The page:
She created 21 hotels and buildings for Harvey, including Phantom Ranch, Hermit's Rest, and Bright Angel Lodge at the Grand Canyon, but her most spectacular creation, most people agree, was La Posada.  It cost $1 million to build in 1929, and another million to furnish and landscape.  Colter considered it the most important work of her career.

Winslow was the chosen location for this masterpiece because Harvey believed the town would be the next Santa Fe, New Mexico.  Even though this never happened, Winslow was popular for a long time due to the Santa Fe Railroad and Route 66.  But, when the train stopped its passenger service and Route 66 was bypassed, the hotel was abandoned.

When Allan Affeldt and his wife, Tina Mion, purchased the Posada in 1997, they set about restoring this hotel, listed on the National Register of Historic Places, whose charms had been hidden by hallway after hallway of fluorescent-lighted utilitarian offices built by the Santa Fe Railway.  Still, the architectural details--the arches, the variations in ceiling heights and materials, the sweeping staircases--were still there just waiting to be rediscovered.  Allan and Tina did just that.

Much to my delight, our room had a well-stocked bookcase.  You'll find books in almost every private and public room in La Posada.
Even though trains no longer deliver dozens of tourists a day and Route 66 is an abandoned road devoid of cars, this hotel will always be a testament to the travelers who stayed here--the visitors who traveled for the joy of discovery, the people who headed West in hopes of forging new and better lives, the Oklahoma families who were driven from their homes by the Dust Bowl, the men who hoped to earn their fortunes mining for gold.  This gracious hotel will transport you to a different era, and, if you'll sit still and listen, it will tell you its stories of the people who passed through its doors.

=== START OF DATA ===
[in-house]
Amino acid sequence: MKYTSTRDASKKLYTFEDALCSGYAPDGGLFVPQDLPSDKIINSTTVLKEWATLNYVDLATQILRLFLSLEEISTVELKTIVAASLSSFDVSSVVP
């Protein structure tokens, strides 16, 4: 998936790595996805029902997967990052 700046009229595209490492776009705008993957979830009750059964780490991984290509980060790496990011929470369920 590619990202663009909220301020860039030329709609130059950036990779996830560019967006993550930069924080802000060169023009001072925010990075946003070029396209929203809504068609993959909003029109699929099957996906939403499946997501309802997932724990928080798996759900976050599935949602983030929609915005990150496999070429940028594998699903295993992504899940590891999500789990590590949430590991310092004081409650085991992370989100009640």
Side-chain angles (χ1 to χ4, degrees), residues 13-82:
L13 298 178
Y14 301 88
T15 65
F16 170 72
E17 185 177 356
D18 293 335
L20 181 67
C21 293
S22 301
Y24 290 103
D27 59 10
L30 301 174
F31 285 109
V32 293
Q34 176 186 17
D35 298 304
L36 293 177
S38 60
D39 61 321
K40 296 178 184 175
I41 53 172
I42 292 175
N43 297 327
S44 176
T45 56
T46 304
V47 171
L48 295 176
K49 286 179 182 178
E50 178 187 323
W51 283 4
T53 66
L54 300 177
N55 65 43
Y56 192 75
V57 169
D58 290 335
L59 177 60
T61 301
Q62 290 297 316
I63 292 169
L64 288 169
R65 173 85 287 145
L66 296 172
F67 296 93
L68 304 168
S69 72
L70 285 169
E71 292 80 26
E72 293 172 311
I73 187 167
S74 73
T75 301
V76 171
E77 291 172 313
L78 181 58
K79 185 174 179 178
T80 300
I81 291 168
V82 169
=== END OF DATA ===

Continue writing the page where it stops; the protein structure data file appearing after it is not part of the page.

Magic is like that.

Practicalities -
     This is such a beautiful place, packed with so much history and nostalgia, that you might expect the rates to be too high for most Tightwad Travelers, but this hotel is definitely worth a bit of a splurge.  And you don't have to splurge too much as there are plenty of lovely rooms in the $119-129 range.
Bathroom has original, restored tile.

If you're a light sleeper, be sure to ask for a quiet room as trains still roll through town, behind the hotel, during the night.

Pack light, unless you know for sure you've got a ground floor room or you enjoy hefting suitcases up stairs, as there is no elevator.

To enhance the charm of the place, there are no telephones in the rooms but you will find books everywhere!

Concierge -
     By the time we reached Winslow, David and I wanted only to travel independently, but when we visit again we may use the services of a guide named J D Allen.  She's lived in the area forever and can take people to secret places on the Hopi or Navajo Reservations, find petroglyphs no one else knows about, and custom design any tour you desire for a reasonable (reasonable compared to the prices charged at Monument Valley and Canyon de Chelly.) $100 a day.  phone:  (928)-203-6310 or toll free (877)-733-6621
WinslowConnections88@hotmail.com

Restaurants -
     Our friends raved about the restaurant in La Posada, The Turquoise Room, but we were not impressed.   We loved our breakfast, though, at the Triple R's Home Cooking mom and pop place at 1308 E Third Street where everything from the biscuits to the apple butter is home made.

*Because of these experiences in hotels and for several other reasons discussed in my book, Europe on a Dime: Five-Star Travel on a One-Star Budget, I much prefer to rent vacation apartments when I travel.